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In three years, I have never seen a rodent or varmint in any of my biostack compost bins, because they have plastic covers. So today I dump a large garbage bag of garden clippings (maybe 3-4 weeks old) into a partially filled bin and guess who looks up at me in surprise, and then immediately burrows down into my bin? You guessed it. THEN I notice the chewed hole at the bottom of the plastic garbage bag. There were no food scraps in the bag--maybe he/she was looking for a good place to keep warm for the winter?
Anyway, I only have Bokashi-composted food scraps in the bin--wonder if rodents eat these?
The only way I can think of getting rid of the mousie is to toss my compost, as usual by taking the three tiers apart. You'll know where I live when you see the woman who is frantically dancing up and down hoping nobody small runs towards her while she tosses her compost--and hoping she doesn't impale anything with her pitchfork either!
Moral of the story: look for suspicious-looking chewed holes in bags of garden clippings BEFORE dumping them into your compost heap/bins.
He's probably more scared of you than you are of him. I'd bang a shovel on the side of the bin, maybe scare him off. Then flip the whole contents so he knows this isn't a pet friendly hotel looking to shelter him for the winter. If nothing else the shrieking woman should scare him off.
Are the materials hot and cooking? If you can get it hot enough, that would discourage them, too. He might be looking for warm and cozy but probably not 150 degrees,
Thanks, Karen, for the advice and the reassurance. You're right that he's a least as scared of me. Tomorrow I'll toss my compost. I really don't want to hurt mousie, just scare it away so he/she doesn't establish a nest over the winter. Not that I disapprove of mice, really--I just don't want to stab a bunch of young ones next spring while tossing.
Your remark about maintaining a hot compost pile brings up something I've wondered about: Do worms prefer cool temps when they process compost or do they care? I've been keeping "cool biostask bins" for a year since I've began dumping a 5-gall. bucket of Bokashi-fermented food scraps into my compost bins every 2-3 weeks or so. This is because I am under the impression that the red wrigglers that THRONG to my scraps prefer cooler temps to work their worm-castings magic. (The resulting rich compost seems to break down quick enough for me.) But I could be wrong about this! Maybe the worms don't care! Maybe they like hotter temps--and that would certainly tend to discourage varmints and weed seeds.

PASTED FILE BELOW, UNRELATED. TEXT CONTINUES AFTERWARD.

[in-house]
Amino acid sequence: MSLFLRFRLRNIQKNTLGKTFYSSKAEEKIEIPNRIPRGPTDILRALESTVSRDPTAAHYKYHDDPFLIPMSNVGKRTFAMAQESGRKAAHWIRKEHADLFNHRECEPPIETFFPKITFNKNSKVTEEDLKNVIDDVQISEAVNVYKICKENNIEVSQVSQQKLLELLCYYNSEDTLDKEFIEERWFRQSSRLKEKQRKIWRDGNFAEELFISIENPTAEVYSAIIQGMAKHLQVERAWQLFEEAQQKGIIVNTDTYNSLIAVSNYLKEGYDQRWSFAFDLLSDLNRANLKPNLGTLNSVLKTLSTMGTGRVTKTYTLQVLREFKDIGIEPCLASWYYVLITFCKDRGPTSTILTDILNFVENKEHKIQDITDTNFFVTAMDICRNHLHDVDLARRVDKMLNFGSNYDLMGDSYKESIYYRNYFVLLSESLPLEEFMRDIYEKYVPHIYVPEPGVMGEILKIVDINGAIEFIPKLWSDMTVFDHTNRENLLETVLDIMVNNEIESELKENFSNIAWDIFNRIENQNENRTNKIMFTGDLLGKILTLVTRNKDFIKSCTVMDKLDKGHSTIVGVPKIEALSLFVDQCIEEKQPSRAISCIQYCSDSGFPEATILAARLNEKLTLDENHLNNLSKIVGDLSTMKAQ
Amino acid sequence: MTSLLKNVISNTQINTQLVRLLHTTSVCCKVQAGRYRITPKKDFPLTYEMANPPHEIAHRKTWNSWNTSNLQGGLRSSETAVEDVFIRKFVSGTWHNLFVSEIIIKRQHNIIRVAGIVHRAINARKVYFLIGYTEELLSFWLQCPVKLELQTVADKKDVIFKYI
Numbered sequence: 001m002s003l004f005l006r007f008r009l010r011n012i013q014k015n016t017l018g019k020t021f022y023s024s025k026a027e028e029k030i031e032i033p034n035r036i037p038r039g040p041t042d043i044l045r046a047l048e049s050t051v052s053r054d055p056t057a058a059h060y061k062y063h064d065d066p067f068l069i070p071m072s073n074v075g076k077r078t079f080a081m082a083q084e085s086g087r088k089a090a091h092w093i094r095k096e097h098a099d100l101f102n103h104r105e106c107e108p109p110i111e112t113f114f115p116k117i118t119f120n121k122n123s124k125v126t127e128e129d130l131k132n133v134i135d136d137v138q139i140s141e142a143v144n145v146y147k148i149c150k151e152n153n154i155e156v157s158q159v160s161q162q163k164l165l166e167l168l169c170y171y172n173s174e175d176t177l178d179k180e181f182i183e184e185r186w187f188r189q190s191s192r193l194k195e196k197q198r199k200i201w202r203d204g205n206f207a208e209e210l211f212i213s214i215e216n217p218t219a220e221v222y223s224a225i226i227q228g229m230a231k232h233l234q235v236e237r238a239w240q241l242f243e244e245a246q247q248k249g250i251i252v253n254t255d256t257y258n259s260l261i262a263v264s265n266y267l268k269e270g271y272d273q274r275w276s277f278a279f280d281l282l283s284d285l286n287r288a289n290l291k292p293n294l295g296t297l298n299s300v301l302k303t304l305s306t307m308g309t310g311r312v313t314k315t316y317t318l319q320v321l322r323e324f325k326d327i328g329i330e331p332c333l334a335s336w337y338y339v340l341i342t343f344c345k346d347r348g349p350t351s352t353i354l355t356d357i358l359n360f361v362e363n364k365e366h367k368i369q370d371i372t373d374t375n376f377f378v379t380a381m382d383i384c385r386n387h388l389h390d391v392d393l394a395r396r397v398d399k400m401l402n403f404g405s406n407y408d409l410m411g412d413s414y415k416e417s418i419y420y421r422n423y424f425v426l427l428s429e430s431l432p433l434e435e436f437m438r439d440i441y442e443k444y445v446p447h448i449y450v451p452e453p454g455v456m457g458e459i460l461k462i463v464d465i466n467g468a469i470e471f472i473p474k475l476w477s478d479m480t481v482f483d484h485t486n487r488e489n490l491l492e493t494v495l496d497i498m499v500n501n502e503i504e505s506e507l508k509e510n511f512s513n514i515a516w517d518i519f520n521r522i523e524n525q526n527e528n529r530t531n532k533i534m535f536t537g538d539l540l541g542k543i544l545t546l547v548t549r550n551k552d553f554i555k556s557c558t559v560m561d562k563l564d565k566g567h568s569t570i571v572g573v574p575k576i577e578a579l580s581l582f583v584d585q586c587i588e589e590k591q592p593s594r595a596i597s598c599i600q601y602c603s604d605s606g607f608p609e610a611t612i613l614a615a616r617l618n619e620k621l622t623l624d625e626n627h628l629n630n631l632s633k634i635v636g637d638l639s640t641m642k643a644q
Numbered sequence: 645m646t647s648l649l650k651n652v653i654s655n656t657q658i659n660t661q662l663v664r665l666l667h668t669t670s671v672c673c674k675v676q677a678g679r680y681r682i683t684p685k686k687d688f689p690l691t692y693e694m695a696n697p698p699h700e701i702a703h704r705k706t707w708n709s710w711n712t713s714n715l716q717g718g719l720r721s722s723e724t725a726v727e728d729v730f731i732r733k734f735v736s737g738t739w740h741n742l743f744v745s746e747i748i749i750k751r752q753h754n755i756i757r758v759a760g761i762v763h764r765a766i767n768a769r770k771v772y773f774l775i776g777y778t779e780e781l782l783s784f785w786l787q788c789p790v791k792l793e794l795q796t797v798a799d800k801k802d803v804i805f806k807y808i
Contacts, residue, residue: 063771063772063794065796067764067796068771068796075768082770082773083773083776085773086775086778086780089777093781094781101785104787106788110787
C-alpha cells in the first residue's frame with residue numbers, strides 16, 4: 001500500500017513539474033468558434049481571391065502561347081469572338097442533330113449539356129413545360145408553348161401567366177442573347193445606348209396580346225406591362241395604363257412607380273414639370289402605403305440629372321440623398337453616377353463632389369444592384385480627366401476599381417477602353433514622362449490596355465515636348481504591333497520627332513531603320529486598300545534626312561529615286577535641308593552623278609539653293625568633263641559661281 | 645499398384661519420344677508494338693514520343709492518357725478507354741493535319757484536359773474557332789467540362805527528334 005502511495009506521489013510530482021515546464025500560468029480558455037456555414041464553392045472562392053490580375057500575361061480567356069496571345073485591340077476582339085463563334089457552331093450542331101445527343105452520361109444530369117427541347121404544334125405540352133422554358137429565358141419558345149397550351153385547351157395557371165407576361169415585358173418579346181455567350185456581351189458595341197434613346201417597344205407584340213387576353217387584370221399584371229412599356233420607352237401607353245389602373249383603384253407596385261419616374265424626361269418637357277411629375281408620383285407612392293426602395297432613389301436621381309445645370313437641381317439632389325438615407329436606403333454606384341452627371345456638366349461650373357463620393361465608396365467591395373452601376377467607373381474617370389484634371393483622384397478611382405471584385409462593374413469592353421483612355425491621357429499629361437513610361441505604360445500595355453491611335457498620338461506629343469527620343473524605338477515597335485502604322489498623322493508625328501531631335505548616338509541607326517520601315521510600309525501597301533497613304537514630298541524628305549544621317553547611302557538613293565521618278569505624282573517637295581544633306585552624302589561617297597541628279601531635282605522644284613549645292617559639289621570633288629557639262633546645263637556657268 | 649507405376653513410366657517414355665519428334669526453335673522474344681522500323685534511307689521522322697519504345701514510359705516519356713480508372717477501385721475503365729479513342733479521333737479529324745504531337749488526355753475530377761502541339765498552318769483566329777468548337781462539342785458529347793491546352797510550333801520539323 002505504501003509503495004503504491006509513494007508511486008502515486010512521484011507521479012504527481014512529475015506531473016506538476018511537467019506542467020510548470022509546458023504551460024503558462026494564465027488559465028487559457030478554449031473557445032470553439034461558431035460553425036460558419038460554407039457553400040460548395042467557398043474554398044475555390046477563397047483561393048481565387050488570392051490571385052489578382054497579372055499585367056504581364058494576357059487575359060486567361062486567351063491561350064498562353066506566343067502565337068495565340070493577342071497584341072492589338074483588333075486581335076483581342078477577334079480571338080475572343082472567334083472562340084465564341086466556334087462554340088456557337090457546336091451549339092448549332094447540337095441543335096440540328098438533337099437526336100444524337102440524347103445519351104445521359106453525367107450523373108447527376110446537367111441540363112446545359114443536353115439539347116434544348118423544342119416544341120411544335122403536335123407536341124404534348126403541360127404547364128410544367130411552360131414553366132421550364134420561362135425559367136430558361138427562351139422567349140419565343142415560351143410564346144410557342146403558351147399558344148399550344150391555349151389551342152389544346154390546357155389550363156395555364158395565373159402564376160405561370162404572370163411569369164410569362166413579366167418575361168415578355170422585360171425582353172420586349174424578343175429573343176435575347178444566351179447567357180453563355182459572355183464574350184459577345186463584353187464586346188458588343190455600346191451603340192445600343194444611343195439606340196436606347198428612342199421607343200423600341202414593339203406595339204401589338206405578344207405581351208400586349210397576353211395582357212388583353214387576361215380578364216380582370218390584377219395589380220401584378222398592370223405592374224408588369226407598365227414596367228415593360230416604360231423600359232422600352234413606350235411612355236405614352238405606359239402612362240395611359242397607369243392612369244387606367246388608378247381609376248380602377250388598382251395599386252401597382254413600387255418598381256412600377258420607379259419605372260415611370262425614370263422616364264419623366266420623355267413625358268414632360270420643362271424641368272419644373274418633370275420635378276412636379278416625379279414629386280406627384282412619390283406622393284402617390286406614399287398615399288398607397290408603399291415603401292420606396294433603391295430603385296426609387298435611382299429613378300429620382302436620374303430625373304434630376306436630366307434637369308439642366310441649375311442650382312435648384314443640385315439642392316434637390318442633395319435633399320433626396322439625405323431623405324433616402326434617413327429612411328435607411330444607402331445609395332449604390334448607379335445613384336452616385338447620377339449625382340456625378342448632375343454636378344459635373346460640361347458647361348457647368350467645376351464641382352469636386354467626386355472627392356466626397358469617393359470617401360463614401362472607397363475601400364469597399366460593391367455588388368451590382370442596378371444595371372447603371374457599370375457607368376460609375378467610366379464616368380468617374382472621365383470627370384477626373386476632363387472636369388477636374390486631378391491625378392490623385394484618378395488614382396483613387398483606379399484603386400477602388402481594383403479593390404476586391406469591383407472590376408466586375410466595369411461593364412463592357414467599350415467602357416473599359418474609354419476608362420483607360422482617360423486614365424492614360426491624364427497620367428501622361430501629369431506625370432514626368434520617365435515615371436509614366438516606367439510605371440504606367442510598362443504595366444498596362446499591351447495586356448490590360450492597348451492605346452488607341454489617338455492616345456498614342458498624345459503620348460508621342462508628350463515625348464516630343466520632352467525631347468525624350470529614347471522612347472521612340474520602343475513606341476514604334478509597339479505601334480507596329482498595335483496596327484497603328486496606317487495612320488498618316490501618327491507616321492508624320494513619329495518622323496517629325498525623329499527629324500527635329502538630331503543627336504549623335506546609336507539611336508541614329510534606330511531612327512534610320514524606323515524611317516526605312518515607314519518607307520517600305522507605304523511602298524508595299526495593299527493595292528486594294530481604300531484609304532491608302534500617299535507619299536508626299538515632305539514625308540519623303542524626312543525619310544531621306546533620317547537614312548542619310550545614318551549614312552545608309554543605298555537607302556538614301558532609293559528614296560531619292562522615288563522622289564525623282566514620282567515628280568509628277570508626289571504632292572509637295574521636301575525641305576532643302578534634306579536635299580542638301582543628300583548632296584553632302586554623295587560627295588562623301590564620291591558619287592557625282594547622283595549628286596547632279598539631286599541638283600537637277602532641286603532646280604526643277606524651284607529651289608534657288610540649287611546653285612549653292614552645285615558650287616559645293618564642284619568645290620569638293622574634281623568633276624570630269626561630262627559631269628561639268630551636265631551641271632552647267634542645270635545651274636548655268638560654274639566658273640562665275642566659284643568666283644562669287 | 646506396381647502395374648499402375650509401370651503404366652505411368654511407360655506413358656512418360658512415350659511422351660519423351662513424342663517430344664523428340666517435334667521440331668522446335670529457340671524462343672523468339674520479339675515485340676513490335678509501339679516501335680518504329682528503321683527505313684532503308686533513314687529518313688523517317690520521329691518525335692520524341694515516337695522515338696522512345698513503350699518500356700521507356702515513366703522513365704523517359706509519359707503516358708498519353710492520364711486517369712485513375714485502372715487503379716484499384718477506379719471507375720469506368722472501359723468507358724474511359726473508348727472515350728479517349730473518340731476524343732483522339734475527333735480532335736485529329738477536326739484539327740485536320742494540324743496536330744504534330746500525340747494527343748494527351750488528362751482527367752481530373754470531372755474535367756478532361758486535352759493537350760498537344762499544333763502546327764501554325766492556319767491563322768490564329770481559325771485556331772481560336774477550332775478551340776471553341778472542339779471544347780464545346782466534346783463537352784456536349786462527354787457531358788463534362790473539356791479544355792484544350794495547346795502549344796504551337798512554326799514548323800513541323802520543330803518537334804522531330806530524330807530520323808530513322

Worms don't like it too hot, either. I never have worms in my hot compost until it's almost done. However, they're really not important to the composting process. I believe they work it when it's nearly finished, and of course find it in the garden.
Karen, I've learned something in this exchange. What you say explains something I've been wrong about. I SHOULD be hot-composting my "browns 'n greens" with regular tossing, watering, etc., and not putting my Bokashi bucket contents in until the process is pretty well finished (and cooled down.) I think I've been dumping my fermented scraps in too soon. I do get lots of worms attracted to them, but the rest of the materials don't decompose that quickly, since they haven't been through the hot process.
I never really understood this.
I don't do the Bokashi thing, and really don't know anything about it. I can't comment on that at all.
I use 2 Biostack bins which I really like. I actively compost only when I consider the weather tolerable for me (as opposed to my compost). Here in Ohio, that's about March through November. I'll flip all theat's in the bin, add new stuff. If I use a small amount of grass clippings, it usually gets to 140 to 150 degrees in a day or two. It stays hot for about 4 days, then cools. I'll flip it again in a week or two, add fresh stuff, it heats again. When a bin is looking pretty well done, I let it sit for a while and work the second bin. In a few months I use what's in the first bin, let the second sit, start a new batch again. The hot process and frequent flipping and checking moisture really help it move along faster. I never find worms in there through this process.
Now, I'm going into winter mode- slow, cold, passive composting. Both bins are full and will sit untouched until we get a warmer day, probably around late February or early March. I'll probably flip it one more time, and there will be some worms then.
[quote]The most favorable temperature for most earthworms is 13-18 degrees C (55-65 degrees F) (Minnich, 1977). Earthworms can't stand to be frozen, so their lower limit is 0 degrees C (32 degrees F), and most species do not thrive in temperatures above 22 degrees C (72 degrees F).[/quote]
(from the site you posted above.)
Thank you! Now I know!
I have learned A LOT today.
Tomorrow. . . I liberate a mouse!! ;-)
Again a disclaimer: I know nothing about vermicomposting and required temps. I only do traditional composting. Just from information I've picked up when researching on the web or in books, and participating in soil and compost forums, it seems to me that worms aren't an important part of traditional composting. Much of the time conditions would be not only hostile to worms but downright detrimental (too hot, too cold, too wet, too dry...). That's why I hate to read about gardeners collecting worms in their gardens and throwing them into the compost bin. I feel like the stuff is there sitting in my yard. If the worms want it, they'll find it on their own. I find that they don't want the compost much until it's spread in a garden bed, where they then eat it and poop it and create castings for me, burrow down and till,improve drainage, tilth, etc, and mix that compost into the bed naturally. Judging from the huge burrows reaching deep into my beds, and the number of worms present when my soil conditions are favorable, I'd much rather have them thrive in the garden.